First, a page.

Meteorologists do the same. They track storms and weather chases to learn and help communities. In contrast to most traffic reports at 7 a.m., meteorologists can also plead for climate warnings.
Your most contextualized messages are actually about long-term environmental issues. Global warming and climate change mix with your weekly weather outlook. But that’s “political”, isn’t it?
Well, let’s think about it a little more.
Weather reporters and meteorologists can discuss climate change in their personal lives. These arguments are rarely grounds for dismissal.
Telling them what the news is, contextualizing and informing the public is part of news production. It’s in our DNA.
The messages we create, however we make them, are part of a larger story. It’s the story of what our audience does afterward.
* Read this again to make sure I haven’t overlooked any major caveats because this seems out of my pocket * https://t.co/aYKiV9Z67T
– 🌱 Ivy Lyons 🦁 (@theIvyLyons) July 22, 2021
When our audience hears a heartbreaking story of death from a pandemic, it acts. They may feel compelled to change their habits if they trust their news source. (That’s why it’s so important that Tucker Carlson make the pandemic transparent on the air.)
Likewise, the visual representation of advocacy, friendliness, and volunteering of a newsroom makes a statement. Advocating black lives, women, or anything else is not indicative of a bad journalist.
Since journalism is always promotional, it wants you to get smarter, get active in your community, and make a positive impact.
It is the gathering, production and sharing of critical information.
1 / Sonia Gutierrez fulfilled her dream of becoming a reporter for the news channel KUSA 9News in her hometown, but it came at a high price.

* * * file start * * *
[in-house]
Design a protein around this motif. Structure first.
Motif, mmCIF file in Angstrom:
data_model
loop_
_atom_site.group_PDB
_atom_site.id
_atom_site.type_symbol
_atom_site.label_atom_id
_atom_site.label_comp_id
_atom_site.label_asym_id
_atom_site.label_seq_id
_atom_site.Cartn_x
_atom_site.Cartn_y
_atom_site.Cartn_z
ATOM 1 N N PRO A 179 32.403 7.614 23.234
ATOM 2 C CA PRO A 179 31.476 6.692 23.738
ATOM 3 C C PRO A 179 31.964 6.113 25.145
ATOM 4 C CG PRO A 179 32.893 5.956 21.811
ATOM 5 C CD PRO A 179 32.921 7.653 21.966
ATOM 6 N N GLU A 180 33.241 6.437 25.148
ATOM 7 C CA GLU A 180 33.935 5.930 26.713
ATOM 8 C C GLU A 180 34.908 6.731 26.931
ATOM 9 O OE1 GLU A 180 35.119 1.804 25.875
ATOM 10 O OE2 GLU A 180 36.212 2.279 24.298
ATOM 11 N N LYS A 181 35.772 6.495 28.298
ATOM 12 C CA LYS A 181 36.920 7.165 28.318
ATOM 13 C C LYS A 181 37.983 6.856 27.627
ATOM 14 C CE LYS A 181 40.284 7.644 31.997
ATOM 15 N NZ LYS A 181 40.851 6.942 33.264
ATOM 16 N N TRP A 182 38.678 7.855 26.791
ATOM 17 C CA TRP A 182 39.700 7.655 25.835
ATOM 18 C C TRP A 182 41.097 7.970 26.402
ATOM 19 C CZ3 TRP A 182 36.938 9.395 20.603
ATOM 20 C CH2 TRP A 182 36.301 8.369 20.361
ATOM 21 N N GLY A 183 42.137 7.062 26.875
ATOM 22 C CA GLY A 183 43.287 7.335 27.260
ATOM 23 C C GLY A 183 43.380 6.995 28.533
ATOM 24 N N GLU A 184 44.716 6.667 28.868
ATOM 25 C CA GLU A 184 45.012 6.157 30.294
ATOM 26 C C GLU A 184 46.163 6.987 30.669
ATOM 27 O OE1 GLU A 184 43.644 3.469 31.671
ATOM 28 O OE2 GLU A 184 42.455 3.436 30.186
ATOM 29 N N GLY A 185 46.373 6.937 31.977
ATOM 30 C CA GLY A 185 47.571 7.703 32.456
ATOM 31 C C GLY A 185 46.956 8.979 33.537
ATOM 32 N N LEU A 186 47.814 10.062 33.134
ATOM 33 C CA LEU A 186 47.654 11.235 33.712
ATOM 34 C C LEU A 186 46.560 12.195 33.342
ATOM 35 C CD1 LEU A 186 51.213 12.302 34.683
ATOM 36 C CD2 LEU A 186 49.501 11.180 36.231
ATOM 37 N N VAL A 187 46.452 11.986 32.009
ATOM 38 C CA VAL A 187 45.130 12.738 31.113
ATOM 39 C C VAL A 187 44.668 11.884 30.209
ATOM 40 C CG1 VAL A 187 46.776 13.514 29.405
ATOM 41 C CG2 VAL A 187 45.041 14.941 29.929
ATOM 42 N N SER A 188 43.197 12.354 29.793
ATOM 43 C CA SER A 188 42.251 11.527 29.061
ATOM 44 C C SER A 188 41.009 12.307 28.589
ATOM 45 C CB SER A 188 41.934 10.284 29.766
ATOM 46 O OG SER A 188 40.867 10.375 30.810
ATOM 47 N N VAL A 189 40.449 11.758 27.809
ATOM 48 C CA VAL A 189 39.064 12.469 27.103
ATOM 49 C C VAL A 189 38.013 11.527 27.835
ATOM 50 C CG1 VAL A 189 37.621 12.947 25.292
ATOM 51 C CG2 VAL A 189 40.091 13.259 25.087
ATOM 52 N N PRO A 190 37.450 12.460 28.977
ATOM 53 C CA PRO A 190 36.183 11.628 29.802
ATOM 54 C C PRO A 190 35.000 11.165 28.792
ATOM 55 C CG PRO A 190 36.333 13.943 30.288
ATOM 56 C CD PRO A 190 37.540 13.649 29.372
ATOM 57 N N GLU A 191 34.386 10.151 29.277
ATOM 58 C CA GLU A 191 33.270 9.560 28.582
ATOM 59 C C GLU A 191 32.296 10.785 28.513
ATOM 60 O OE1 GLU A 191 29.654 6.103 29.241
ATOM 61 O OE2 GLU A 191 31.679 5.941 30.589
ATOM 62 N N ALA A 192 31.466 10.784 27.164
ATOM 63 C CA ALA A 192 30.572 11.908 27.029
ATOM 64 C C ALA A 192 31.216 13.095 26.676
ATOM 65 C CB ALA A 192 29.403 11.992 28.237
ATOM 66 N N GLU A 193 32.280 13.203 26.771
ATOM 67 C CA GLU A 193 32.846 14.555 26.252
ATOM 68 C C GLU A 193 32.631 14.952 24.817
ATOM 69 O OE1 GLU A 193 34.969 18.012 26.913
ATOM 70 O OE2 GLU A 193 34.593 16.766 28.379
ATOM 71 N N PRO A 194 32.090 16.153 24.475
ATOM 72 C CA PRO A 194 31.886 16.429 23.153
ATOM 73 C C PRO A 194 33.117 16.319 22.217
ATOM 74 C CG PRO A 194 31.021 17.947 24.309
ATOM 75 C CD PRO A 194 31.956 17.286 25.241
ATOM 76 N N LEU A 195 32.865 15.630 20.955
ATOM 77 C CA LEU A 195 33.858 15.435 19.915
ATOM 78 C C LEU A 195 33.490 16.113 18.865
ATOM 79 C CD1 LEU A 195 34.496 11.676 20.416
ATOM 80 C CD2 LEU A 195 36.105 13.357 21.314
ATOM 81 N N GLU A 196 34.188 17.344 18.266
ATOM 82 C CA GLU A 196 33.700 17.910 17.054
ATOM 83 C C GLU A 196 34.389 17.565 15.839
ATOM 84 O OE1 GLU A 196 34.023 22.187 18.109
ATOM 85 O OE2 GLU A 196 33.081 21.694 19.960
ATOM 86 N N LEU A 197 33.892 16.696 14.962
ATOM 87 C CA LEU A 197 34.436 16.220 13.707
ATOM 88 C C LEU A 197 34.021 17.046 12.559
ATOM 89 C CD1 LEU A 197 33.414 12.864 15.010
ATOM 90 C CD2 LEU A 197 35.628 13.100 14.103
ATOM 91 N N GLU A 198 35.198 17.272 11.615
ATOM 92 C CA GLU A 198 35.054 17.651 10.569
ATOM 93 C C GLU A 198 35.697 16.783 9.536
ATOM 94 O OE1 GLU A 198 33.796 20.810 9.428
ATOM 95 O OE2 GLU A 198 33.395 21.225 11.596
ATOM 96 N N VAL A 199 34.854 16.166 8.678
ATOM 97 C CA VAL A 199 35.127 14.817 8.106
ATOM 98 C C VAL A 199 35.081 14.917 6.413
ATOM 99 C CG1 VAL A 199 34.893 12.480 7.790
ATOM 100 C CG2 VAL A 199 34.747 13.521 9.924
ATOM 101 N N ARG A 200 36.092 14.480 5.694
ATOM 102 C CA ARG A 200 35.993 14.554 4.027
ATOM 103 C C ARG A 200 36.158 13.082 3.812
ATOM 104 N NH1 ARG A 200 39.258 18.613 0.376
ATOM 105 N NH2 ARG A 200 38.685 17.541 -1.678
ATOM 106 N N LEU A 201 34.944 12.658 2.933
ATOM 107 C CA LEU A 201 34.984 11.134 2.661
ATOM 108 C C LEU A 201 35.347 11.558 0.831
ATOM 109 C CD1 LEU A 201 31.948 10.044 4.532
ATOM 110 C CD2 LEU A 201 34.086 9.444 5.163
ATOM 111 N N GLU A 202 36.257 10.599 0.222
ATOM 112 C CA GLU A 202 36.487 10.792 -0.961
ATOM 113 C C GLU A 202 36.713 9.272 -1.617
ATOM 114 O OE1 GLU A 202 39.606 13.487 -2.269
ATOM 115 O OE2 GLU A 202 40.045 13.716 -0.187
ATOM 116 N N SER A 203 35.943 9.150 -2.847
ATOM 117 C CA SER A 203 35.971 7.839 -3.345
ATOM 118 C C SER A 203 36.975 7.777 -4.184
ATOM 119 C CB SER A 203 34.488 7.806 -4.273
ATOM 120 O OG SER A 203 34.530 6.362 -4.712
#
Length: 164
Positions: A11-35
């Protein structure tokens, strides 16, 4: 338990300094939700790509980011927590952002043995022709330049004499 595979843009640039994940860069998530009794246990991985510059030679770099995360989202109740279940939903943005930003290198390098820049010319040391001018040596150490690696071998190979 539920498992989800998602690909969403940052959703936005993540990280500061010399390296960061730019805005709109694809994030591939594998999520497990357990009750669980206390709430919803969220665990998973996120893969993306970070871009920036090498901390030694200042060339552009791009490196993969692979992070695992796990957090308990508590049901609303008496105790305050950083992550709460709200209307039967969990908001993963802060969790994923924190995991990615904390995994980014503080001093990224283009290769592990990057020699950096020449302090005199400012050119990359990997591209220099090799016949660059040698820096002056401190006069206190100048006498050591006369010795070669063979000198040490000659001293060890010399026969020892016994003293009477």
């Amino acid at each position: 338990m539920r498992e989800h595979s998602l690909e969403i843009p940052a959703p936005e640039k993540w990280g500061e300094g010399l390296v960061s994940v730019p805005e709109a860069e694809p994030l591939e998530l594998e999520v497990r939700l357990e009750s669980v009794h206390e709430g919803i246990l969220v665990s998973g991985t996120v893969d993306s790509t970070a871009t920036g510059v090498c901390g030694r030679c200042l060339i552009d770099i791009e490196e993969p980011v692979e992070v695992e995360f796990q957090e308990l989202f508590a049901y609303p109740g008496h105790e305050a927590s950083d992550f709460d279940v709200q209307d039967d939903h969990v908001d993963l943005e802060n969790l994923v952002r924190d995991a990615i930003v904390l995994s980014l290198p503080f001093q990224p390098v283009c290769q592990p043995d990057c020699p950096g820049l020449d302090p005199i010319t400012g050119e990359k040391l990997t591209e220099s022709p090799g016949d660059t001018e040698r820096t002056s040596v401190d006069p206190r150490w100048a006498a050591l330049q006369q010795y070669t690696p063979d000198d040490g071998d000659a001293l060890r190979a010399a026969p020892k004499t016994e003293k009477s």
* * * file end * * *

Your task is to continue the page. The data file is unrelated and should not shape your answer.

If she wanted to report on immigration, she had to disclose her own immigration status in each story. https://t.co/6HIRsBetNP
– NPR (@NPR) July 18, 2021
First, news reporters put everything in one package. No matter how reduced, they design it so that their audience has an accurate, reliable representation. This accuracy is not entirely free of bias, but it is intended to avoid the appearance of inappropriateness.
Second, the messages are delivered. Whatever the medium, these messages will (hopefully) be reviewed and published or distributed in an accessible manner. The audience receives this message and begins to digest it.
After all, the audience acts. Readers (including you who read this blog wherever you come by) are starting to piece pieces together. They memorize some information, discuss it if necessary, and act on what they know to be true.
As reporters of all stripes, we know this is the case. Now we just need to realize that the “endorsement” qualifier can be another way to keep the messages separate. Instead, I hope we will see a progressive character in the news. This journalism will encourage bright, diverse voices to advance the media across hateful constructions.
I enjoyed being an excited Gen-Z Themfluencer, working in politics, writing as a student journalist and discussing what’s most important. I am currently producing and moderating podcasts, contributing to hyper-local news agencies and continuing my education as a Ph.D. away. Student at the University of Maryland.